DOJ Battles Ransomware Attacks
The Justice Department continues to attack and dismantle global ransomware extortion organizations. Business surveys often confirm that executives are hyper-focused on the risk of ransomware attacks against businesses. Interestingly, government regulators have focused on ransomware scenarios to ensure that regulatory restrictions on sanctions and other restrictions are not violated. The message behind DOJ and regulatory interests is clear – if attacked, notify law enforcement right away and cooperate in an effort to defend against a cyber-attack.
Eventually, Congress may step in and pass legislation mandating law enforcement notification and cooperation in response to ransomware attacks. Congress has tried to pass such legislation for years but has always failed when conflicting interests bog down any real solutions.
In its latest high profile prosecution announced by the Ransomware and Digital Extortion Task Force, DOJ arrested two foreign nationals, Yaroslav Vasinski, a Ukrainian national, and Yevgeniy Polyanin, a Russian national, who depoloyed the Sodinokibi/REvil ransomware. Vasinski was charged with launching ransomware attacks against multiple victims, including the July 2021 attack against Kasyea, a global software company. Polyanin was charged with multiple ransomware attacks, including businesses and government entities in Texas in August 2019. DOJ also announced the seizure of $6.1 million in funds paid in to Polyanin as ransom payments. DOJ’s latest action followed arrest of two other Romanian nationals who were part of the Sodinokibi/REvil conspiracy.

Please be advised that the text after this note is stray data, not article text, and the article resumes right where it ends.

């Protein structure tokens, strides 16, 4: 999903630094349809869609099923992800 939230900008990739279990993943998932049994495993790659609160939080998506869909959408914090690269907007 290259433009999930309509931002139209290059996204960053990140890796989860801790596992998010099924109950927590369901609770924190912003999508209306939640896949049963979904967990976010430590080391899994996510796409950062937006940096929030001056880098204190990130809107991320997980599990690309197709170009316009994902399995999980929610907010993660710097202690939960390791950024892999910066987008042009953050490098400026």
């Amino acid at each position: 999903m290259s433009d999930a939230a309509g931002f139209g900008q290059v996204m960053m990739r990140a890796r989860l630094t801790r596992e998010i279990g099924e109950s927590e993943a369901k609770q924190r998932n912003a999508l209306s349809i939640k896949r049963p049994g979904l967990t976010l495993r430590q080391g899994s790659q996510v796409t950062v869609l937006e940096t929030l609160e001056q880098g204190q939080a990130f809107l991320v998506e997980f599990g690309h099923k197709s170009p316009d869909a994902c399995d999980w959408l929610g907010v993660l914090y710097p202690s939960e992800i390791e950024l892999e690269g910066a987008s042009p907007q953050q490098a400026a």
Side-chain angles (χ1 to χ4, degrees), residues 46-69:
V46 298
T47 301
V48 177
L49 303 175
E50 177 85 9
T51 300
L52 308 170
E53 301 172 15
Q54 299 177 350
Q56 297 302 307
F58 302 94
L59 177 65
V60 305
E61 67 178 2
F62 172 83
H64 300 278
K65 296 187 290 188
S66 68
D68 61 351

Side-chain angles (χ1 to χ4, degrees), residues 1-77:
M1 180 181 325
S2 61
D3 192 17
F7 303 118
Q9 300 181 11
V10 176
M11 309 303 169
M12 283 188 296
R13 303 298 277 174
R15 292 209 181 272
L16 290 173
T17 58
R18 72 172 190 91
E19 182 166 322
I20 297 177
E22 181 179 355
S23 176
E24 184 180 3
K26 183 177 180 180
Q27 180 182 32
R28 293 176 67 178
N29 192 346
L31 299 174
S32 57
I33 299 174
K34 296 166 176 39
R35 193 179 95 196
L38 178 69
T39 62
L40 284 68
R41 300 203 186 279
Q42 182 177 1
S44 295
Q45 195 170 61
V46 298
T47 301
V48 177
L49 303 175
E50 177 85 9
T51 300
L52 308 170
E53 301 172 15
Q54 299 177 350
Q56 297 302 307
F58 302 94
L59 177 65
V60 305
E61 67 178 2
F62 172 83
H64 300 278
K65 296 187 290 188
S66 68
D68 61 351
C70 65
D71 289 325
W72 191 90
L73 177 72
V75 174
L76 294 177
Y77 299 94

Vasinski and Polyanin are responsible for launching one of the Internet’s most virulent code, authored by REvil, to hijack victim computers. The indictments charged Vasinski and Polyanin with accessing internal computer networks to deploy REvil and encrypt data on the computers of victim companies.
Vasinski was responsible for a July 2 ransomware attack against Kasyea. He caused the deployment of malicious code throughout a Kaseya product that caused Kasyea production functionality to deploy REvil ransomware to endpoints on Kasyea customer networks. After deployment, ransomware was executed on those computers, thereby disabling Kasyea software and data on organizations around the world.
The defendants left electronic notes in the form of a text file on the victims’ computers. These notes included a web address leading to an open-source privacy network known as Tor, and a public address that users could visit to recover their files. When users visited either website, the victims were provided a ransom demand and provided a virtual currency address to pay the ransom. If a victim paid the demand, the defendants provided a decryption key to access their files. If a victim refused to pay the ransom, the defendants posted the stolen data on a public website and the victims were unable to access their files.
Vasinski and Polyanin were charged in separate indictments with conspiracy to commit fraud, substantive counts of damage to protected computers and conspiracy to commit money laundering. Vasinski was arrested on October 8, 2021, in Poland. He is pending extradition to the United States. Polyanin was not apprehended.
The prosecution was the result of a coordinated international law enforcement effort conducted by the U.S., Ukraine, Romania, Poland, Canada, Netherlands, Norway and Australia, the U.K., Germany and Switzerland, along with private businesses, including BitDefender, McAfee, and Microsoft.